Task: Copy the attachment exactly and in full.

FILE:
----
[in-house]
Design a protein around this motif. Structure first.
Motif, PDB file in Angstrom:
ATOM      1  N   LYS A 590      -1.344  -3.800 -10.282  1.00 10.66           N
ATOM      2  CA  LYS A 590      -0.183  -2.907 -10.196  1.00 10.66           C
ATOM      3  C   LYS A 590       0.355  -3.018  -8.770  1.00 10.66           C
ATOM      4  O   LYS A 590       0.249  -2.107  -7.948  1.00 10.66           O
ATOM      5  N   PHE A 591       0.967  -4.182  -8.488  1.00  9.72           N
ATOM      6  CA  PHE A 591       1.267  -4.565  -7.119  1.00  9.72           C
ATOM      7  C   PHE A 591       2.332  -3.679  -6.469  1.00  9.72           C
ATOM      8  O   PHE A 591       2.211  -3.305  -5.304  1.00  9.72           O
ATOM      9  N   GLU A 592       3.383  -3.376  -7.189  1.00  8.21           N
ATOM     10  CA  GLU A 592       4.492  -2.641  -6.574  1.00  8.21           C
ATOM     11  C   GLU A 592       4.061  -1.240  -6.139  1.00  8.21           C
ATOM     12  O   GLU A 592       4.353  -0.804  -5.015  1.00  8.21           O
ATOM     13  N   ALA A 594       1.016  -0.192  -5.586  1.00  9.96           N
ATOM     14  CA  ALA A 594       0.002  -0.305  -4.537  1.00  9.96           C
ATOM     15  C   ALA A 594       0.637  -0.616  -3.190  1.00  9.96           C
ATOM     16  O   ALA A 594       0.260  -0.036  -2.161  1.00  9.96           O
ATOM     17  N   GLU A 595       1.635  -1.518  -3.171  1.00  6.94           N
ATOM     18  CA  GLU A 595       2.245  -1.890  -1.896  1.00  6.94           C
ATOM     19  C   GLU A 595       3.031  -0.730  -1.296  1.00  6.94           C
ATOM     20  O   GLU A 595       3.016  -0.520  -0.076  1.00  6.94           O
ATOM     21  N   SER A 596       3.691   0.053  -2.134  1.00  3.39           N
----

[in-house]
Design a protein around this motif. Structure first.
Motif, PDB file in Angstrom:
ATOM      1  N   LYS A 590      -1.344  -3.800 -10.282  1.00 10.66           N
ATOM      2  CA  LYS A 590      -0.183  -2.907 -10.196  1.00 10.66           C
ATOM      3  C   LYS A 590       0.355  -3.018  -8.770  1.00 10.66           C
ATOM      4  O   LYS A 590       0.249  -2.107  -7.948  1.00 10.66           O
ATOM      5  N   PHE A 591       0.967  -4.182  -8.488  1.00  9.72           N
ATOM      6  CA  PHE A 591       1.267  -4.565  -7.119  1.00  9.72           C
ATOM      7  C   PHE A 591       2.332  -3.679  -6.469  1.00  9.72           C
ATOM      8  O   PHE A 591       2.211  -3.305  -5.304  1.00  9.72           O
ATOM      9  N   GLU A 592       3.383  -3.376  -7.189  1.00  8.21           N
ATOM     10  CA  GLU A 592       4.492  -2.641  -6.574  1.00  8.21           C
ATOM     11  C   GLU A 592       4.061  -1.240  -6.139  1.00  8.21           C
ATOM     12  O   GLU A 592       4.353  -0.804  -5.015  1.00  8.21           O
ATOM     13  N   ALA A 594       1.016  -0.192  -5.586  1.00  9.96           N
ATOM     14  CA  ALA A 594       0.002  -0.305  -4.537  1.00  9.96           C
ATOM     15  C   ALA A 594       0.637  -0.616  -3.190  1.00  9.96           C
ATOM     16  O   ALA A 594       0.260  -0.036  -2.161  1.00  9.96           O
ATOM     17  N   GLU A 595       1.635  -1.518  -3.171  1.00  6.94           N
ATOM     18  CA  GLU A 595       2.245  -1.890  -1.896  1.00  6.94           C
ATOM     19  C   GLU A 595       3.031  -0.730  -1.296  1.00  6.94           C
ATOM     20  O   GLU A 595       3.016  -0.520  -0.076  1.00  6.94           O
ATOM     21  N   SER A 596       3.691   0.053  -2.134  1.00  3.39           N